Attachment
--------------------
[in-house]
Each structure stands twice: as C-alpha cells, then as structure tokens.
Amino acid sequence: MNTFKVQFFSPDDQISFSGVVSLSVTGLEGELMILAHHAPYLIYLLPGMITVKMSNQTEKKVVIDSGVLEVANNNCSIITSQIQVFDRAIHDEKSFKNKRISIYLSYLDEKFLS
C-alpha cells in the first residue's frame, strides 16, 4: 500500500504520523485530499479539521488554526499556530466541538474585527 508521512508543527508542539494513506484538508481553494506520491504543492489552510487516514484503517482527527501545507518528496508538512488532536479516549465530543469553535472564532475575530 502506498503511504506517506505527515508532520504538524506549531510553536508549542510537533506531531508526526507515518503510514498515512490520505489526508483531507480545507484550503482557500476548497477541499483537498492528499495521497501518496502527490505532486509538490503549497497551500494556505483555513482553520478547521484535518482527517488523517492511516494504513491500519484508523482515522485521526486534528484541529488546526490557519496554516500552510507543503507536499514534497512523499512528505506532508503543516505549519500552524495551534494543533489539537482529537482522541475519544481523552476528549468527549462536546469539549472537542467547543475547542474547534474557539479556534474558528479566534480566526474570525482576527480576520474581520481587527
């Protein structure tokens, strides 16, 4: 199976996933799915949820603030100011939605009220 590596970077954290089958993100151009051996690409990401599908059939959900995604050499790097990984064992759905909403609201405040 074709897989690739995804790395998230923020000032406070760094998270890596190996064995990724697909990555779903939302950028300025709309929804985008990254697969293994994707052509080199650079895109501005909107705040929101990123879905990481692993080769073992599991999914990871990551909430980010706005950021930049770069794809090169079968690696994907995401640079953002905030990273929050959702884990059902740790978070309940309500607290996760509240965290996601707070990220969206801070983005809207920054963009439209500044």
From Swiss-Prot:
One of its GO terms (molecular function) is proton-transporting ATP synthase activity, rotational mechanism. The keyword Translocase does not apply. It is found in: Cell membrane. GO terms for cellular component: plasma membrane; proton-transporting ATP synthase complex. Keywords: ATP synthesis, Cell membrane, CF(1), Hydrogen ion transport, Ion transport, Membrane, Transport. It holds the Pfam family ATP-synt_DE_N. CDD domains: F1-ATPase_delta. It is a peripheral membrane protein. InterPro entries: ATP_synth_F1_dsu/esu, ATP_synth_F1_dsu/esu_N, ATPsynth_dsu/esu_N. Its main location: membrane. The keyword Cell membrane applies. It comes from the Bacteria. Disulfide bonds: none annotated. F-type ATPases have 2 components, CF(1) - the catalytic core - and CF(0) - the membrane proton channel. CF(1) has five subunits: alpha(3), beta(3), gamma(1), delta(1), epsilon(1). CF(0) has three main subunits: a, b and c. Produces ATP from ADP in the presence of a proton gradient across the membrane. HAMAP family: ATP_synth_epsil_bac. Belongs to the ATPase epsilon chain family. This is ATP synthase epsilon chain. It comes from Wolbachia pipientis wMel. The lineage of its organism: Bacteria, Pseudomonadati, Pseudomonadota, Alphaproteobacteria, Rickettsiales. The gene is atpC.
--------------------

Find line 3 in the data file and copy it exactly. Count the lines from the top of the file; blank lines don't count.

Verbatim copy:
Amino acid sequence: MNTFKVQFFSPDDQISFSGVVSLSVTGLEGELMILAHHAPYLIYLLPGMITVKMSNQTEKKVVIDSGVLEVANNNCSIITSQIQVFDRAIHDEKSFKNKRISIYLSYLDEKFLS